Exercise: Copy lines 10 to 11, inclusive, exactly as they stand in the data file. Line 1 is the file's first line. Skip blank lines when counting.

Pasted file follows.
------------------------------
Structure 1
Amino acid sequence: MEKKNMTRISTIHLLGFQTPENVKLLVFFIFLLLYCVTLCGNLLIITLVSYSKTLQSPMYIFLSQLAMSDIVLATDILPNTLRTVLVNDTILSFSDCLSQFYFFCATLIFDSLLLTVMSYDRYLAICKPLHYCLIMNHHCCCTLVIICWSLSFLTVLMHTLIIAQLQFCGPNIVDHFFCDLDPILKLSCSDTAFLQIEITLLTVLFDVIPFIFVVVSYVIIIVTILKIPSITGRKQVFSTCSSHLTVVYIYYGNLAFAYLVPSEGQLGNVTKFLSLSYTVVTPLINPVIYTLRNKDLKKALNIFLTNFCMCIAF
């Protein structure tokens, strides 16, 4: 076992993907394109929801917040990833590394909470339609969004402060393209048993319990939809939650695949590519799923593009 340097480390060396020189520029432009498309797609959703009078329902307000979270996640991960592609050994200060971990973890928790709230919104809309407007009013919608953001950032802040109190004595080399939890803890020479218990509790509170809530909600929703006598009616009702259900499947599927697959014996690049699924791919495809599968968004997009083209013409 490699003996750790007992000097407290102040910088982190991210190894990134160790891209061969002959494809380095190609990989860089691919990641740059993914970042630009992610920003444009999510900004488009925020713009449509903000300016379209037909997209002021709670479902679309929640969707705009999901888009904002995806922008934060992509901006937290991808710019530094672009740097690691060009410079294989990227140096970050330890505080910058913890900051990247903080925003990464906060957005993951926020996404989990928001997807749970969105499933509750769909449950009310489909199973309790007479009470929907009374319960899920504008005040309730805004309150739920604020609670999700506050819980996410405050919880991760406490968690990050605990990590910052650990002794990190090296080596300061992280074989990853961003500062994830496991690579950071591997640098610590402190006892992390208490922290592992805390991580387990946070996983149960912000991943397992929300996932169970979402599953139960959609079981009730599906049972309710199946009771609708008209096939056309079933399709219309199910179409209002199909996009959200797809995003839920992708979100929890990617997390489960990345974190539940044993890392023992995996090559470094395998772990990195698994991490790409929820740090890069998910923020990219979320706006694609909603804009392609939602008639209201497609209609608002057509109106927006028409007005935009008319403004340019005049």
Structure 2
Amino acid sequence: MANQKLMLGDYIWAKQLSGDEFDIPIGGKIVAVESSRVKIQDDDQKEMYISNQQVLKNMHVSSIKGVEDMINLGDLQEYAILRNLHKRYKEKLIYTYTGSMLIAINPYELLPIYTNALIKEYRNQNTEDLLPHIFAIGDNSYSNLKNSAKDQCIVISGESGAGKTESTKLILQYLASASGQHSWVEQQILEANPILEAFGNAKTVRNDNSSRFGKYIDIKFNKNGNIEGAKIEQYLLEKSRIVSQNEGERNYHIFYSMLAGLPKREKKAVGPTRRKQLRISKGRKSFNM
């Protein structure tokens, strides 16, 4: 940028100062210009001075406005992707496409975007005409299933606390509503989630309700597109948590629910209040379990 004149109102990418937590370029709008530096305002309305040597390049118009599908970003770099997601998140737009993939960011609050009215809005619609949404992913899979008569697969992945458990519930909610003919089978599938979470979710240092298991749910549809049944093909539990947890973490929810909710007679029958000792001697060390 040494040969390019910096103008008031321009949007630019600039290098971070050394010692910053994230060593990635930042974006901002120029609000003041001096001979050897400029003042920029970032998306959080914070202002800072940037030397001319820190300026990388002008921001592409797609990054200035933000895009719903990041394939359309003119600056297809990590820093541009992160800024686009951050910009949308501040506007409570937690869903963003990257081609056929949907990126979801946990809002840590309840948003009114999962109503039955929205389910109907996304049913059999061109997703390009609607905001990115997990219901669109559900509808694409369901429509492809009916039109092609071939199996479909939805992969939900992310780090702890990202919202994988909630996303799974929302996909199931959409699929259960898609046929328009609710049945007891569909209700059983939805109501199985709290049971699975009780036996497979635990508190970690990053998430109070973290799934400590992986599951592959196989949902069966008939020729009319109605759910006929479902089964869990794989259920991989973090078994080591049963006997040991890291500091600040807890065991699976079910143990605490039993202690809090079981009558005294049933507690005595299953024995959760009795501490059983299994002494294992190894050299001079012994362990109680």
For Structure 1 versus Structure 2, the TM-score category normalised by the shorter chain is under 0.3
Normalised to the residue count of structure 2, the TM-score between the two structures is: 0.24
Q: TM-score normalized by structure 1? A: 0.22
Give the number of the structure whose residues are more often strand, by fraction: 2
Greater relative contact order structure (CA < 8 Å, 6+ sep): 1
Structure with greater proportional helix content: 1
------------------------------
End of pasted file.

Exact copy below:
Give the number of the structure whose residues are more often strand, by fraction: 2
Greater relative contact order structure (CA < 8 Å, 6+ sep): 1